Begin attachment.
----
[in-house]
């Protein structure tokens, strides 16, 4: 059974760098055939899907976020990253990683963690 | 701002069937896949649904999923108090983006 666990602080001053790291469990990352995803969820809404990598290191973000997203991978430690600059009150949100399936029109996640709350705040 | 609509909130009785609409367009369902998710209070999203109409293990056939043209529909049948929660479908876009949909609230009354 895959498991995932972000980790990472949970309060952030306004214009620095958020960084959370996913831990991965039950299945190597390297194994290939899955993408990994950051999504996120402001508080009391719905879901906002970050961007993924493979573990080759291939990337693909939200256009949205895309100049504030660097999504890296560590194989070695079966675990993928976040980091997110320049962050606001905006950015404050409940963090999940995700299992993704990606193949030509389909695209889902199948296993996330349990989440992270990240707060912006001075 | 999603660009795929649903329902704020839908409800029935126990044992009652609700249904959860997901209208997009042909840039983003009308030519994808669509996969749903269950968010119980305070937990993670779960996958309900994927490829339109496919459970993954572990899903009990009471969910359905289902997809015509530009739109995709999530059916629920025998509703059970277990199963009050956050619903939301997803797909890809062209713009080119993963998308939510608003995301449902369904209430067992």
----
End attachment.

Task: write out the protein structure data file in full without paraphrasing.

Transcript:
[in-house]
């Protein structure tokens, strides 16, 4: 059974760098055939899907976020990253990683963690 | 701002069937896949649904999923108090983006 666990602080001053790291469990990352995803969820809404990598290191973000997203991978430690600059009150949100399936029109996640709350705040 | 609509909130009785609409367009369902998710209070999203109409293990056939043209529909049948929660479908876009949909609230009354 895959498991995932972000980790990472949970309060952030306004214009620095958020960084959370996913831990991965039950299945190597390297194994290939899955993408990994950051999504996120402001508080009391719905879901906002970050961007993924493979573990080759291939990337693909939200256009949205895309100049504030660097999504890296560590194989070695079966675990993928976040980091997110320049962050606001905006950015404050409940963090999940995700299992993704990606193949030509389909695209889902199948296993996330349990989440992270990240707060912006001075 | 999603660009795929649903329902704020839908409800029935126990044992009652609700249904959860997901209208997009042909840039983003009308030519994808669509996969749903269950968010119980305070937990993670779960996958309900994927490829339109496919459970993954572990899903009990009471969910359905289902997809015509530009739109995709999530059916629920025998509703059970277990199963009050956050619903939301997803797909890809062209713009080119993963998308939510608003995301449902369904209430067992």